An offer is an indication by one party to another party of his willingness to enter into a legally binding contract, on certain specified terms. The statement amounting to an offer must be such that, on acceptance, without further negotiations as to the terms, a binding contract comes into effect. A statement made by one party to another containing no terms, cannot amount to an offer – Preston Corp Sdn Bhd v. Edward Leong & Ors  2 MLJ 22, FC case referred.
However, not all statements made by a party to initiate a contract will amount to an offer. A person may make a statement of his willingness to enter into a contract by inviting other parties to make an offer. Such statement is usually referred to as an invitation to treat (Sinnadurai 2003, 33).
Acceptance of the offer
Section 2(b), Contract Act 1950 provides that when the person to whom the proposal is made signifies his assent thereto, the proposal is said to have been accepted. A proposal, when accepted, becomes a promise.
For a proposal to be converted into a promise, the acceptance of that proposal must be absolute and unqualified. This is provided for in Section 7, Contract Act 1950.
Therefore, a purported acceptance which is qualified by the introduction of a new term may be considered by the courts as a counter-offer destroying the original offer – Hyde v. Wrench  3 Beav. 344-49 E.R. 132 case referred.
In general, when a proposal is accepted, a contract is formed so that there can be no revocation. However, under Section 6(a) of the Contract Act 1950 which provide a revocation is possible by the communication of notice of revocation by the proposer to the other party.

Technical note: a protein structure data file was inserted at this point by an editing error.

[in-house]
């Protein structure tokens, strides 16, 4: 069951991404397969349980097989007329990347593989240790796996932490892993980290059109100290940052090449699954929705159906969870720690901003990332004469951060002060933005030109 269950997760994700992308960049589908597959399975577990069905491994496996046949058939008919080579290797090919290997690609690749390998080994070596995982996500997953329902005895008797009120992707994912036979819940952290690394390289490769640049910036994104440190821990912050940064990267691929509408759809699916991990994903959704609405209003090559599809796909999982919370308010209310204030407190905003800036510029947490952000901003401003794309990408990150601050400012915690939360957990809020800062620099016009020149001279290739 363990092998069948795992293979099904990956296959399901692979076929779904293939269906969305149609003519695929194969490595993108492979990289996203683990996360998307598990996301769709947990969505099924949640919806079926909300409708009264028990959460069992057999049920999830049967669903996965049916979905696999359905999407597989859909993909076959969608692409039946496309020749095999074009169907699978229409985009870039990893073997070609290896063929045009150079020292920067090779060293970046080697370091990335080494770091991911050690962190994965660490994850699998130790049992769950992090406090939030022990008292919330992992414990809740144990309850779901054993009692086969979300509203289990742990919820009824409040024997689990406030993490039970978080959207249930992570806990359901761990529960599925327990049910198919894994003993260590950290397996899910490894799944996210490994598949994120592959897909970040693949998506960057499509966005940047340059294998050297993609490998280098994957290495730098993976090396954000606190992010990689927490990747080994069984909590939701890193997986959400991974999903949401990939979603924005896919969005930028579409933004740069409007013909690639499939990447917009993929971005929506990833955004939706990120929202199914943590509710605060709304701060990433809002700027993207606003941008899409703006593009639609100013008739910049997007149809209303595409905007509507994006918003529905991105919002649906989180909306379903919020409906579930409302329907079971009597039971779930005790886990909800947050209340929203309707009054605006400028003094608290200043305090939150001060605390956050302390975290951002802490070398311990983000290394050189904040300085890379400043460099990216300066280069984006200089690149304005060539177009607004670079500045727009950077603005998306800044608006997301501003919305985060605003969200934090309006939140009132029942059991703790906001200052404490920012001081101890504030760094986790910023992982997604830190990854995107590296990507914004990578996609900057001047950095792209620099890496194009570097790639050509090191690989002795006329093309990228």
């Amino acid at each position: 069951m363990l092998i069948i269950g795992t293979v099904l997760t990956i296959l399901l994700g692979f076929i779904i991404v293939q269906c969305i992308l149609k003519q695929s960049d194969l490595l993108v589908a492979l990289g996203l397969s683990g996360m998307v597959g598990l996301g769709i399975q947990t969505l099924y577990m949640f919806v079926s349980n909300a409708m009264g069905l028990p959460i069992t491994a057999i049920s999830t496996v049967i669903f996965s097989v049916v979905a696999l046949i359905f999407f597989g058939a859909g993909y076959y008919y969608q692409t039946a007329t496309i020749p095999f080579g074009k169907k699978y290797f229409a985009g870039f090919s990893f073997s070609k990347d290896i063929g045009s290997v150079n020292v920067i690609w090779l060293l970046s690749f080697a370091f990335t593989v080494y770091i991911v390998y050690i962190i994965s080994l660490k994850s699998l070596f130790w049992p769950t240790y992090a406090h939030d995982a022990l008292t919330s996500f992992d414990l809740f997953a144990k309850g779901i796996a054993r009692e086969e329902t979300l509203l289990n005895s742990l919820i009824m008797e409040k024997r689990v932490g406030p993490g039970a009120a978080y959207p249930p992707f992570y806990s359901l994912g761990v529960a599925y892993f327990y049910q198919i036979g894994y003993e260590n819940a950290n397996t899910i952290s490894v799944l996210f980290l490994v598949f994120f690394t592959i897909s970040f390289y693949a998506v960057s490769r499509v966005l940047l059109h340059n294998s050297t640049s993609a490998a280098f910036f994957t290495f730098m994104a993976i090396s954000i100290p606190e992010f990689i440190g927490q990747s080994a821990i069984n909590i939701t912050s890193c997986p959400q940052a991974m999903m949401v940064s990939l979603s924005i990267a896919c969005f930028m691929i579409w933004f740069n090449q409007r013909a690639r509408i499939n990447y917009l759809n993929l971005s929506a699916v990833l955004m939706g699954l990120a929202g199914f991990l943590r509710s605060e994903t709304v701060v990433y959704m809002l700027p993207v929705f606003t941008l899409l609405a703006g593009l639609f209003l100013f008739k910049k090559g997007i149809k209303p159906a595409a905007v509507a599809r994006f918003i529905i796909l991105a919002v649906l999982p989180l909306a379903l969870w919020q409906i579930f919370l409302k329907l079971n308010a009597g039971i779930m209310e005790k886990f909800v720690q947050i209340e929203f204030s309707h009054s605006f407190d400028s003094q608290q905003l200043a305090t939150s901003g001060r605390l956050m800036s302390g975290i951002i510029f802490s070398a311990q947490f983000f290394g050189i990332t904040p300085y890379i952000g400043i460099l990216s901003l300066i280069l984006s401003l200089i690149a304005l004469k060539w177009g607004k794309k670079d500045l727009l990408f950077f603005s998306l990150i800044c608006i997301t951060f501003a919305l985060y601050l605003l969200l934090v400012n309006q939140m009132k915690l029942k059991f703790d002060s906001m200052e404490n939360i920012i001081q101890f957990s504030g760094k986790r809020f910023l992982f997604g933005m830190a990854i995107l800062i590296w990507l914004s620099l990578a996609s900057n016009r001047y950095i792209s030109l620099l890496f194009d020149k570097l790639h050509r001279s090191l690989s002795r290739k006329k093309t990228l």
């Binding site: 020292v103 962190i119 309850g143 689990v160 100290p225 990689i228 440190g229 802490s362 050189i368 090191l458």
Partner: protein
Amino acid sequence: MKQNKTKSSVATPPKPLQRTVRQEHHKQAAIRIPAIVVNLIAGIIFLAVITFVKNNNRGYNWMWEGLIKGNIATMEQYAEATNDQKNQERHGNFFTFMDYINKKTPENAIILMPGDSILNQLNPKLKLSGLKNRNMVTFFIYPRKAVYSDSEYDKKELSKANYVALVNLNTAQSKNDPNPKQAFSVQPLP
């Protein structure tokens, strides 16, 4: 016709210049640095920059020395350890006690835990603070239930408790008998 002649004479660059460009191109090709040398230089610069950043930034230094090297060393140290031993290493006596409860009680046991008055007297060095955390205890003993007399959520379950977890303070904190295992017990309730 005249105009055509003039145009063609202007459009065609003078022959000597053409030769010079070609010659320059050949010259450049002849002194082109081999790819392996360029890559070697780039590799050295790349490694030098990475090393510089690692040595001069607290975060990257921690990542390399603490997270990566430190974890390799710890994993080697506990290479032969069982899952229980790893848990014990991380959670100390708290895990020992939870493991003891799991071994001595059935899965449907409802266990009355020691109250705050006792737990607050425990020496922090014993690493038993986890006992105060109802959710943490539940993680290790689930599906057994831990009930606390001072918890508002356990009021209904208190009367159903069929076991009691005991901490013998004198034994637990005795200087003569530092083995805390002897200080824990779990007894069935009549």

To ascertain when the communication is complete both as against the person who makes it and as against the person to whom it is made, section 4(3)(a) and (b) of the Contract Act 1950 referred. As against the person who makes the revocation, the communication is complete when it is put in a course of transmission to the person to whom it is made. The addressee of a revocation is effected by it only when it comes to his knowledge.
Again, under section 5(1) provides that a proposal may be revoked at any time before the communication of its acceptance is complete as against the proposer, but not afterwards.
Intention to create legal relations
Although the Contracts Act does not emphasis of this to have a valid contract however there are cases that can be referred – Yap Eng Thong & Anor v. Faber Union Ltd  1 MLJ 191, HC, whereby it was held that there is a lack of intention to create legal relations and therefore was no legal binding among the parties involves.
One of the very important element of a contract is provided under Section 26 of the Contracts Act 1950, which states that, an agreement without consideration is void – Guthrie Waugh Bhd. v. Malaippan Muthucumaru  1 MLJ 35 case was referred.
This is meaning to say the term of a contract have to be specific and cannot be vague. Failure of meeting this condition is a void contract and Section 30 of the Contracts Act is providing this – Karuppan Chetty v. Suah Thian  FMSLR 300 case was referred.